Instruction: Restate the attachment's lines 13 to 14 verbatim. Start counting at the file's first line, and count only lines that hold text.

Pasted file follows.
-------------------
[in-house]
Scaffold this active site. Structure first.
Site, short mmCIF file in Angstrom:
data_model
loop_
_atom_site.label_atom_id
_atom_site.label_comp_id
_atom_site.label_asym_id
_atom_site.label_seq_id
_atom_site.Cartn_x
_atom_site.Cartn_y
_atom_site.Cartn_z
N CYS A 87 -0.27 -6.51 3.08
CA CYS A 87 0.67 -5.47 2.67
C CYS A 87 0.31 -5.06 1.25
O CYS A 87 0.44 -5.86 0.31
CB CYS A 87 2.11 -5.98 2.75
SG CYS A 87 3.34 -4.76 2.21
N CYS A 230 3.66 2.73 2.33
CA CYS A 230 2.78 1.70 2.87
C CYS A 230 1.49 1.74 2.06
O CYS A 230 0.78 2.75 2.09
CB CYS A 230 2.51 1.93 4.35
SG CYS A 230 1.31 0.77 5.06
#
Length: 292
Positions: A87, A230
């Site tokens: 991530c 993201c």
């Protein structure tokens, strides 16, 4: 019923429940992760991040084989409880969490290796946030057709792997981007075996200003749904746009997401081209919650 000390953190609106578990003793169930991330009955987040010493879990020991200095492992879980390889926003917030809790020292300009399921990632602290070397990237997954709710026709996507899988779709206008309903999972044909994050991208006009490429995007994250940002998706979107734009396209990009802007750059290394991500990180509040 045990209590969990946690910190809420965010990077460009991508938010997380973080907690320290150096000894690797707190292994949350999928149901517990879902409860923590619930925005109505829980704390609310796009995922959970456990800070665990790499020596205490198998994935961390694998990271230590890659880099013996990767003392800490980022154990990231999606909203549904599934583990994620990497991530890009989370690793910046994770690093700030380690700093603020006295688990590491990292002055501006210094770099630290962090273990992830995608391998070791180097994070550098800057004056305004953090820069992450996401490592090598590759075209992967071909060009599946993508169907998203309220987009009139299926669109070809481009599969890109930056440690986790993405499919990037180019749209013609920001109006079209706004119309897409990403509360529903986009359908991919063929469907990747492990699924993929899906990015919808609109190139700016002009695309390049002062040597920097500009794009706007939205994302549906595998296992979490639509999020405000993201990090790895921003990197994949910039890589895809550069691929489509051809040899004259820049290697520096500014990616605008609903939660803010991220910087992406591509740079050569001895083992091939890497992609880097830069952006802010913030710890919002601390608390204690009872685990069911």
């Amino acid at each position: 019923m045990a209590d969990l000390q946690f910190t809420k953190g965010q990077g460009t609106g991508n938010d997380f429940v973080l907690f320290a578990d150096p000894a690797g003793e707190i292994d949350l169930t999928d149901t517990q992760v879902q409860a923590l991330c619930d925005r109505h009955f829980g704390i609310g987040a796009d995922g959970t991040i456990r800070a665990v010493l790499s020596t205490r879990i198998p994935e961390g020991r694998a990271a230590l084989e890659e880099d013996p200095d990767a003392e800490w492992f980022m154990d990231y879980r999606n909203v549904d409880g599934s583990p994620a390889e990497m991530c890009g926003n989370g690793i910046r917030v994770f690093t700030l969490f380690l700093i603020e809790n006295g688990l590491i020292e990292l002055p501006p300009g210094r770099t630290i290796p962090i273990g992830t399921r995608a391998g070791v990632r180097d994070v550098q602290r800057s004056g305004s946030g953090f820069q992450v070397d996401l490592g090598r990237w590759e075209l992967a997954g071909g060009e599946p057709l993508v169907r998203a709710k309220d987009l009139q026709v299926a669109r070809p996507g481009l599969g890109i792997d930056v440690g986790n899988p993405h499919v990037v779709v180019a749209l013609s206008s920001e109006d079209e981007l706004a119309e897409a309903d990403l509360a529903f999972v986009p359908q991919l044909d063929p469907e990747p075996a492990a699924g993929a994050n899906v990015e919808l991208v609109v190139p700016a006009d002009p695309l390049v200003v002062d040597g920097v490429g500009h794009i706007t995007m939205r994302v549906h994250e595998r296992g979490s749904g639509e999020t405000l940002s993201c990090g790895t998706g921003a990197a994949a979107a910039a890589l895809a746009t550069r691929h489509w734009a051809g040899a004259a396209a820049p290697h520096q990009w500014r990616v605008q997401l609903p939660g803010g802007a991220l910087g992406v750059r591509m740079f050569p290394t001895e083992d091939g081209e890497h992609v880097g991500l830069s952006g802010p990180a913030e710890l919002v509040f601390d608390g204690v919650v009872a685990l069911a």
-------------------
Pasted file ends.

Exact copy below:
N CYS A 87 -0.27 -6.51 3.08
CA CYS A 87 0.67 -5.47 2.67